Let's see, I've owned my Juki TL2010 since March. And I love it! You can read that back story and why I chose this particular machine in this post. I've never ever ever regretted switching from my fancy computerized Pfaff to this non-computerized Juki. I really appreciate it's rugged simplicity. And it IS rugged!
But....in September I began having issues with skipped stitches. It happened first when free motion quilting Lolly Lolly quilt, which had a fabric with plastic-y printed polka dots. The dots may have triggered the problem, from what I observed. Since then, on other projects, I'd occasionally have a skip stitch when free motion quilting. So annoying! Do you pull out a bunch of quilting (the worst kind of un-sewing!!!) to fix a few skipped stitches? You hem. You haw. You waste time feeling yucky.
Then my Juki skipped stitches when straight stitching through about 3 layers of batting, while top stitching this makeup roll. That kind of thick sewing is normally a piece of cake for this awesome machine. Y'all know I sew a lot, so I do expect my machines to need TLC from time to time. Apparently, it was time.
And, yay, I have a warranty! My Juki TL2010 is from Sew Vac Direct, which offers a 5 year extended warranty for just $70. That warranty
includes parts, labor and shipping from SewVacDirect to you. You do
have to cover shipping to SewVacDirect's location in Texas. So, on Wednesday, October 23rd I paid $32 to ship my machine by UPS in its original packaging (and shipping box, which I had saved) to my dealer.
Gosh it was hard to part with that machine! There is always a project coming up that I want to free motion quilt, which I loath to attempt with my bitty basic Kenmore. While Juki was out of town, I've been piecing quilt tops without finishing them (oh, the slippery slope!). But there was at least one quilt to straight line quilt - go Anywhere Stripes!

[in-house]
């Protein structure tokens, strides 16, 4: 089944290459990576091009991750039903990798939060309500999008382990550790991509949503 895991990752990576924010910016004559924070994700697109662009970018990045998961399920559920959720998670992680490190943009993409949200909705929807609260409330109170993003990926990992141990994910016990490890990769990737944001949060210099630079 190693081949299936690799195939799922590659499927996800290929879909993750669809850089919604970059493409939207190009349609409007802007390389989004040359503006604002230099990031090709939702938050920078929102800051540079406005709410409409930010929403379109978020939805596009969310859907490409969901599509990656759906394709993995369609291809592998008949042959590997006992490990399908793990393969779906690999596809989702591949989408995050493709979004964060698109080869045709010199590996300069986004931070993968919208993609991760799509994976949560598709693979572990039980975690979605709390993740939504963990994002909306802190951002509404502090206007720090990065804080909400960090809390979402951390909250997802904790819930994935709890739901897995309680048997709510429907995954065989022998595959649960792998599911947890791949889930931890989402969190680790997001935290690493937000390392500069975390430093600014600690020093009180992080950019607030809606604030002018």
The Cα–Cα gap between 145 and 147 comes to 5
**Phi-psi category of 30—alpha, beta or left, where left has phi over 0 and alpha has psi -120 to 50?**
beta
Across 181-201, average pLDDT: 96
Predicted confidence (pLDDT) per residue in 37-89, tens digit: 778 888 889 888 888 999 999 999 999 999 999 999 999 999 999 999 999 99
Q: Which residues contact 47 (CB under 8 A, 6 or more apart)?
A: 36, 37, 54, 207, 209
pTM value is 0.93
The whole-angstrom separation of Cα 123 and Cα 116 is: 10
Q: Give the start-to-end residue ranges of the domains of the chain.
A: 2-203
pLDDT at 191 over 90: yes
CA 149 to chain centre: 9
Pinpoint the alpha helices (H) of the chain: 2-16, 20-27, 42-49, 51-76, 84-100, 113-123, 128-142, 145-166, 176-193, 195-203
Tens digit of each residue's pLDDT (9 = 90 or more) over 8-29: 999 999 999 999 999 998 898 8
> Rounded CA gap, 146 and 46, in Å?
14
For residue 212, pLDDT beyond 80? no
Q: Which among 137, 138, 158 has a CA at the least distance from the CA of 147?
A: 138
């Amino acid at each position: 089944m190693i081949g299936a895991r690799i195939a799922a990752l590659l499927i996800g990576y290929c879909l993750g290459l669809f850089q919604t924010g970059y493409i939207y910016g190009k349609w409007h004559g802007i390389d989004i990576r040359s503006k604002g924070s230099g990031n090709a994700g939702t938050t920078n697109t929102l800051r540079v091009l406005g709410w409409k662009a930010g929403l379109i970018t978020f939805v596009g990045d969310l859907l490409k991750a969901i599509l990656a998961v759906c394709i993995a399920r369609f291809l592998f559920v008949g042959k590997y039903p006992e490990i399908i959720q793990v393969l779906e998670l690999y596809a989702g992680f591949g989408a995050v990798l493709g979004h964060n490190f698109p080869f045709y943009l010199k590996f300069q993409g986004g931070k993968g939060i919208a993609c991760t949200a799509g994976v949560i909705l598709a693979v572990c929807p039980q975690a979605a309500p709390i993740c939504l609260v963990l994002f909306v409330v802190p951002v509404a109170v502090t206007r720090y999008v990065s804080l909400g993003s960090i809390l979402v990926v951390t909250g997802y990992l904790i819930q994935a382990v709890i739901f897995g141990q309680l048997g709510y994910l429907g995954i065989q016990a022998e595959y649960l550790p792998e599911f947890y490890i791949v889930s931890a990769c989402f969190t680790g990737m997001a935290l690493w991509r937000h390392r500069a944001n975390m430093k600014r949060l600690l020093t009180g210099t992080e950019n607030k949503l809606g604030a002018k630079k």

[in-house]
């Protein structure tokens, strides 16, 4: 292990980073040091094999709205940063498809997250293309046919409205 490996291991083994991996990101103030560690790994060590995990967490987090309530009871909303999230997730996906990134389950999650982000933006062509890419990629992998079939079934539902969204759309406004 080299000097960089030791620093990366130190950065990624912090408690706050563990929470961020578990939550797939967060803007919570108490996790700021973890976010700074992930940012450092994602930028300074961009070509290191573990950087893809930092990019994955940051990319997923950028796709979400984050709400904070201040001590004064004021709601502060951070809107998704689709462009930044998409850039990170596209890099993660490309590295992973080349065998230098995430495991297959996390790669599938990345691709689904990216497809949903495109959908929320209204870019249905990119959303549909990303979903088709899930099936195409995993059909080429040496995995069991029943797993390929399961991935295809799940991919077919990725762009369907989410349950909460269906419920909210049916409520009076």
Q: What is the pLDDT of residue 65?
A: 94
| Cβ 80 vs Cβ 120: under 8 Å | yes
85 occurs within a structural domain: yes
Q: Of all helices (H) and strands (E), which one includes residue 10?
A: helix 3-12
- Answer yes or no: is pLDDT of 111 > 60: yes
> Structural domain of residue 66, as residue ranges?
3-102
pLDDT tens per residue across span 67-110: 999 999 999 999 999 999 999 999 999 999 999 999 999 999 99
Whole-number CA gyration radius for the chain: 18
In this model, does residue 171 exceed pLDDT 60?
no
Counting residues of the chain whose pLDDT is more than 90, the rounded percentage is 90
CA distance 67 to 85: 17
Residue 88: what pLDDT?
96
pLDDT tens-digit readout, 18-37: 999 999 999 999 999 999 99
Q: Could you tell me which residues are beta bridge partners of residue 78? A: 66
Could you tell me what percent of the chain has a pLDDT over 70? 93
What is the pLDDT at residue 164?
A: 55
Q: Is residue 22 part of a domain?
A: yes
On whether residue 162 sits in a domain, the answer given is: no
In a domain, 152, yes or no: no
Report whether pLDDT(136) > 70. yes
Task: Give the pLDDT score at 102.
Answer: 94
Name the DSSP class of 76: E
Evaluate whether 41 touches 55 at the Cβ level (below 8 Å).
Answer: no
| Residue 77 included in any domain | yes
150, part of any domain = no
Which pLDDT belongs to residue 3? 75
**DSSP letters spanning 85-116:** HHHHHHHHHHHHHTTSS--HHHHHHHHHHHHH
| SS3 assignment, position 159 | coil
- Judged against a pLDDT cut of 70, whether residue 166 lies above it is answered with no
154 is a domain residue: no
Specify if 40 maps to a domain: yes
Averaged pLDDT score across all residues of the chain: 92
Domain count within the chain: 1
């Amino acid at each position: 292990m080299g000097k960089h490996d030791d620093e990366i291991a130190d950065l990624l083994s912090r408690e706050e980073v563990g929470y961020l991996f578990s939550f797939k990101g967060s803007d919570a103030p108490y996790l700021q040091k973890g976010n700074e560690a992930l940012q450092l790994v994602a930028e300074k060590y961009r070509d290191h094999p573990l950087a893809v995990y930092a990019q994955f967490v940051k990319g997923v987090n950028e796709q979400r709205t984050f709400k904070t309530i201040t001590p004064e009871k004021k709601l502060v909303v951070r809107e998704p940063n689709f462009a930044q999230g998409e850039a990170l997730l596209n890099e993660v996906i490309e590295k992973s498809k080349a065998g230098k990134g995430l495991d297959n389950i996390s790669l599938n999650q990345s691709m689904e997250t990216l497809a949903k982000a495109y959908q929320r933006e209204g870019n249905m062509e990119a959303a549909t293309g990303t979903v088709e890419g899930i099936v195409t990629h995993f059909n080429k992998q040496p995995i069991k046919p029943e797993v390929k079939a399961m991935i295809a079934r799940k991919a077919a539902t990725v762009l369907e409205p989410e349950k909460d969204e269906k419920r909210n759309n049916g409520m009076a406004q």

Each large block is composed of 3 striped triangles. I used a hera marker and my ruler to mark a zigzag path through each triangle, making sure the lines contrasted interestingly with the direction of the stripes.
Then, with my trusty Kenmore (which really is a great machine and has quilted many a quilt!), fitted with a walking foot, I followed the faintly marked crease lines to and fro.
The results? Not so pretty. You can see that many paths are pretty wavy. I was trying, really trying, to keep things straight. But in comparison to my Juki this machine has no pull. The quilt really has to be guided straight, coddled and cajoled. The slightest counter touch from a passing cat or the edge of a table - any interference makes a straight line impossible.
What's more, the stitches! Yikes, take a look! The stitch regularity is non-existant, going from long-ish when I provided optimal push, to way-too-short when the machine needed more help to pull it along. After a bit of this I gave up, deciding I'd rather wait to finish this project!
Juki arrived home on Wednesday. It was away from home for a total of 2 weeks (including shipping time from South Carolina to Texas), and I was out just $32. Since I was traveling to buy and service my machines anyways, this seemed pretty cushy, actually. It's cheaper than a road trip and doesn't require my time! Sew Vac Direct says that the needle/hook clearance was off, something that can happen when a machine is used a lot. A minor adjustment and it's all fixed! They even sent back the test pieces they had used to replicate the conditions of my problems. It was reassuring to see they had tested all the scenarios I mentioned.
I'm so, so happy to report that my Juki is sewing good as new! I got right back to quilting go Anywhere. Wow, what a difference a machine makes! The quilting is flying along with so much more harp space to maneuver, the knee lift for fast rotations and a machine that can pull with ease.
Just look at that stitch quality. Mmmmmmm...
So, if you find yourself discouraged by your quilting (whether straight line or free motion) as compared to what you see elsewhere, just remember it really could be the machine! I'm not kidding. I was trying my darnedest to do well on that Kenmore, but every line was a battle. The good news is that wavy or straight, either way will hold a quilt together. Whatever you have, make the best of it, cut yourself some slack and keep on quilting!!!